Advice on calculating exposure times on night photos

Discussion in 'Beyond the Basics' started by pcdavis, Jun 21, 2004.

  1. pcdavis

    pcdavis TPF Noob!

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    I will be in Yellowstone and would like to take some night photos showing star trails. I'll be shooting with velvia 50. I know there are a host of factors that will affect the exposure times, but does anyone have any good resources or tips for night time photos.

    Thanks.

    Paul
     
  2. Cuervo79

    Cuervo79 Guest

    dant 50 in the dark, that makes it more dificult, try 5 10 or 15 minute exposures, although that would get you a little bit of movement if I am not mistaken...
     
  3. malachite

    malachite Heavily Medicated For Your Protection

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    Use slide film for the most error free results. I generally only use f/5.6 or f/8 with 100ISO film to stay consistant. For the best star trails make sure you're not out on the half of the month with half a moon or more. With no moon, go atleast 15-20 minutes for pronounced star trails. Stop down a bit to f/8 or f/11 an go for 30 minutes to an hour or more.

    There's a few variables that only personal experience can teach but that should get you started. If you've got the north star in view, expose on the longer side to get the most motion. If the north star is to your side, you'll get enough trail to go almost clear across a 50mm lens in about an hour. Too long and the trails start merging and the effect gets too much.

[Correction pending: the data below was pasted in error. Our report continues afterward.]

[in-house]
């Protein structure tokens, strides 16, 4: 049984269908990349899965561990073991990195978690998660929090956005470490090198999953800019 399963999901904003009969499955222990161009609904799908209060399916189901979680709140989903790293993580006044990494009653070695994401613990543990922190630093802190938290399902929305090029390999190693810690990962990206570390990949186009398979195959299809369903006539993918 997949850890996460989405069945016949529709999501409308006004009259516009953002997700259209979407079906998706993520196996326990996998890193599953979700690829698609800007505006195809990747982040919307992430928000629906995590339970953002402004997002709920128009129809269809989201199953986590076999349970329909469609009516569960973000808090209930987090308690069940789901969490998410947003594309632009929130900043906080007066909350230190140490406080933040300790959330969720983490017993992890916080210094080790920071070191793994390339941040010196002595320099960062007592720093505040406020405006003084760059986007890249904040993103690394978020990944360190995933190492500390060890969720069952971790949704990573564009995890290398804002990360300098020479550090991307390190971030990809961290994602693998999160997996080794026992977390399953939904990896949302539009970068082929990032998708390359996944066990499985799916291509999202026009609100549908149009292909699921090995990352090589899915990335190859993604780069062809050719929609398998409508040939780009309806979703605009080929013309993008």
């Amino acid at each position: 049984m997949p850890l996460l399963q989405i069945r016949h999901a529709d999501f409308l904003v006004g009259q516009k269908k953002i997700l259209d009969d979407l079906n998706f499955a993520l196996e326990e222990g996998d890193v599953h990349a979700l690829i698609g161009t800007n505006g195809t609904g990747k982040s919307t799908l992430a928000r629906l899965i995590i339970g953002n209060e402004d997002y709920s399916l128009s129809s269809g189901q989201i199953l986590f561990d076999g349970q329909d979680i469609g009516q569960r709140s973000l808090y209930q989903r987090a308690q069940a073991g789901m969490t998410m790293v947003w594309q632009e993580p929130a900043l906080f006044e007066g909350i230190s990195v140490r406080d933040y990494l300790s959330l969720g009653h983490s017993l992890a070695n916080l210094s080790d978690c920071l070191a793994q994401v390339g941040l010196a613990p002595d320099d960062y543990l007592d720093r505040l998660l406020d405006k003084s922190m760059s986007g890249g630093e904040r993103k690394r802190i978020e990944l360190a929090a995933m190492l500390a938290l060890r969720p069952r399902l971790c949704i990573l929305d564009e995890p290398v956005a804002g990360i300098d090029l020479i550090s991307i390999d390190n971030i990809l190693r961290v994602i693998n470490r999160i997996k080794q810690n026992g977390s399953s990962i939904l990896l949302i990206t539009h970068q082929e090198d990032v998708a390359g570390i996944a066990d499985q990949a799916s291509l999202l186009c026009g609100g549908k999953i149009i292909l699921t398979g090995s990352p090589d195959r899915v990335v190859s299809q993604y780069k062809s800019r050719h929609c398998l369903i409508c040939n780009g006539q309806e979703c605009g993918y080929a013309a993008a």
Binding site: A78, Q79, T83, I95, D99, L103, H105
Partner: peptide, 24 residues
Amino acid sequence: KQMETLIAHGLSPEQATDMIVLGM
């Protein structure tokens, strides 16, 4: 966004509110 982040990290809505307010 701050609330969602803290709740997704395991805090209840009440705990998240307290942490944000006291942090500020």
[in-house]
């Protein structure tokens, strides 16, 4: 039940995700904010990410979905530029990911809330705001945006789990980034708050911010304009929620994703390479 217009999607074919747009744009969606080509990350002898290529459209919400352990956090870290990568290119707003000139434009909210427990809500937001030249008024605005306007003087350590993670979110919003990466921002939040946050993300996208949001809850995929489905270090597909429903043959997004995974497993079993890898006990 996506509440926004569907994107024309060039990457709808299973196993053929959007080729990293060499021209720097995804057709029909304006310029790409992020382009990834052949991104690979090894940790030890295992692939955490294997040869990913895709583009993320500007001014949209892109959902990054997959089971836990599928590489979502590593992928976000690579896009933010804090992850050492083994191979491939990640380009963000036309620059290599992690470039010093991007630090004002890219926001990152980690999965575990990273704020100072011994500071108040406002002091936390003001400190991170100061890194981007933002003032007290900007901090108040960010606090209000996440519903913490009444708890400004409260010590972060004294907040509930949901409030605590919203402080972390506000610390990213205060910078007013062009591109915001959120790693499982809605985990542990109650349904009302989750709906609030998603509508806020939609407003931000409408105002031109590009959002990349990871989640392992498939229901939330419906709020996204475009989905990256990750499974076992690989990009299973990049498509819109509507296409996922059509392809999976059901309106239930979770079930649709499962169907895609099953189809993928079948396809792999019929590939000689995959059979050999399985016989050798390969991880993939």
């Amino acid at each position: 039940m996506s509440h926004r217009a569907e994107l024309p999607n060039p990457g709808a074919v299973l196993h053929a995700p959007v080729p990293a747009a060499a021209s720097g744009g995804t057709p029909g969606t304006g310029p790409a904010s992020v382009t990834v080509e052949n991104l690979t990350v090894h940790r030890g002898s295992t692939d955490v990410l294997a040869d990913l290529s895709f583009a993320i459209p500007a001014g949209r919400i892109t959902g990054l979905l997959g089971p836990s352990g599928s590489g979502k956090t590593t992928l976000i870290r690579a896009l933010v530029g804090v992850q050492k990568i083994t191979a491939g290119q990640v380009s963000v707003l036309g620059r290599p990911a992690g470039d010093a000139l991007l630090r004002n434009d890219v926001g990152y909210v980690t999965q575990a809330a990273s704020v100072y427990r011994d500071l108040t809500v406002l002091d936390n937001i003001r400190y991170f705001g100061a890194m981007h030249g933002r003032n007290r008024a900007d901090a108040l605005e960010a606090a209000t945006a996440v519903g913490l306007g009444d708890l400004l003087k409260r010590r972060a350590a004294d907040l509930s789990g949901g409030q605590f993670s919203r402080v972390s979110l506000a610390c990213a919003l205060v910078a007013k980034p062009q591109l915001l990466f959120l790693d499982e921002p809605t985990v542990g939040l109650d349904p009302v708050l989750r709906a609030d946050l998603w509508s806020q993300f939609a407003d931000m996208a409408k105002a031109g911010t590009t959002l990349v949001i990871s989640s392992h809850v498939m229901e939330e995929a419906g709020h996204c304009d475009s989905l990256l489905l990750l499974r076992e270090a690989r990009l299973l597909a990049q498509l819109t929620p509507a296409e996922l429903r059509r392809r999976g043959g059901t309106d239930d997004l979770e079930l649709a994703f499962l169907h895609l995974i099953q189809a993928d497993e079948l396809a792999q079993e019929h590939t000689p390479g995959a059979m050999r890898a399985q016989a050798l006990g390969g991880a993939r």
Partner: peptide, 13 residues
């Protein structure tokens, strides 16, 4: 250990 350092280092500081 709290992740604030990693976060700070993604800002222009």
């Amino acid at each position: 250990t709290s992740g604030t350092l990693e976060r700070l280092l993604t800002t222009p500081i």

My experience is based on being far away from city lights and shooting slide film, getting the best results with super saturated films like Velvia and Ektachrome SW or Fuji 64T tungsten film. Only other universal bit of info I can lend is make sure the batteries stay fresh in your camera. 2 or 3 half hour exposures in a camera that relys on battery power to keep the shutter open and the mirror up will kill the batteries quick so bring spares if you plan on being out for awhile or the camera will shut down, closing the shutter and dropping the mirror prematurely or they won't close at all until you put in fresh batteries.

    If you had some specifics with the what and where, I could give you a little more specific advice.

    EDIT - OK I actually read your post this time so I got the where and slide film thing this time :? Your biggest factor is going to the the phase of the moon when you're there. That's what makes it all happen and determines how you shoot. So when exactly are you going to be there taking pics?
     

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